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This Is Mandatory Reading at West Point
on October 20, 2001
As the title indicates, West Point cadets are required to read this book (or at least they used to be when I was a cadet) to understand the role that first battles have played in American military history. The reason cadets are required to read this book is because the U.S. record during the first battle of most wars has been less than stellar. Citing examples like Task Force Smith in Korea and our first battle in North Africa during WWII, the authors expose flawed strategies, low training, and poor equipment. Many times the military enters a war completely unprepared because the normal cycle of demobilization after a conflict reduces the funding and attention our leaders pay to military preparedness. This is a fantastic book to read if you wish to understand the issues and constraints which military leaders and our country usually have to overcome following our first engagement. Given that our "first battle" in the war on terrorism has already occurred, this book could help leaders think through the issues that will be necessary to change our military readiness, as well as homeland security posture to suppress terrorism to more acceptable levels.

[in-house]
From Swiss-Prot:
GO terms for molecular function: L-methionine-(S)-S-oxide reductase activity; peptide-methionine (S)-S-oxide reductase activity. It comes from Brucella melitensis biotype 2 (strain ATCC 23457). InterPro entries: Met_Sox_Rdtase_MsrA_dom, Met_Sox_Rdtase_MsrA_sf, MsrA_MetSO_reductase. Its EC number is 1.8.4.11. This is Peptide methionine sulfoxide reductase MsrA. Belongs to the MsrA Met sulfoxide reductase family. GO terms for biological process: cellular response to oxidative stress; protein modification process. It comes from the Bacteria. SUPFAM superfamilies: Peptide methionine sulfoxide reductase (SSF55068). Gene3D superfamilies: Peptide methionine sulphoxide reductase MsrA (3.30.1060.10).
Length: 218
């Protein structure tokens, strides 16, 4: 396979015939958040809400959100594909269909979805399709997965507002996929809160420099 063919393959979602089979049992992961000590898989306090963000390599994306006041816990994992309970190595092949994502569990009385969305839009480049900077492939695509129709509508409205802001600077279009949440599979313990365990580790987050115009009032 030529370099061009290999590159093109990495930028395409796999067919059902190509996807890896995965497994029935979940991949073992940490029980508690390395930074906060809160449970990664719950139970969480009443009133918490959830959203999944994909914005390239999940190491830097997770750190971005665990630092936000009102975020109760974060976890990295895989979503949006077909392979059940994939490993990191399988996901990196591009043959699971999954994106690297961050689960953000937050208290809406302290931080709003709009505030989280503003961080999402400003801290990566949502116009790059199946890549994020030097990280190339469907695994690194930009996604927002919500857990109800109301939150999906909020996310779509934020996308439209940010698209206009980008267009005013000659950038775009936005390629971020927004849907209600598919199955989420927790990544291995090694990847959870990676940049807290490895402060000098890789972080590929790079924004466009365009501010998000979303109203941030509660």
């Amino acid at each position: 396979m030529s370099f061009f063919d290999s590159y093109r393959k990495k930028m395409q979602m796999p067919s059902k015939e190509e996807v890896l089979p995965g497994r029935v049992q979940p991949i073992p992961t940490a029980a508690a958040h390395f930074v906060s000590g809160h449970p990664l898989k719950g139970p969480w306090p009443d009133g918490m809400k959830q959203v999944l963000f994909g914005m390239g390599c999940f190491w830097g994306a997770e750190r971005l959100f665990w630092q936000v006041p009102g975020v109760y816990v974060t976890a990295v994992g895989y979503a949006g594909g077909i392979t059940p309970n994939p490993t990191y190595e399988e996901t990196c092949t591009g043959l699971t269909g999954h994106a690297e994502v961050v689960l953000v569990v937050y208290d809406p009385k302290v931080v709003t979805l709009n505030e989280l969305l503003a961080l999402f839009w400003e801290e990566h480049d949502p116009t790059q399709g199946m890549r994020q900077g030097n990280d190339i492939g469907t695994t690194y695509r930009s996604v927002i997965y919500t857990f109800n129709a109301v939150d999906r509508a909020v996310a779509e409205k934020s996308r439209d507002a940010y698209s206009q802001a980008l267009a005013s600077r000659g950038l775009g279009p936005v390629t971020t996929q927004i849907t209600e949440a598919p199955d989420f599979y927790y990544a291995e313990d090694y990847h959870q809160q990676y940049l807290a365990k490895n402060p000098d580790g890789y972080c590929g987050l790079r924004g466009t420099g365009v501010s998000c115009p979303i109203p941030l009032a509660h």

A must have for any military library. As a student of military history, I am rereading the book more than ten years later. First Battles is still as relevant today as it was in 1990.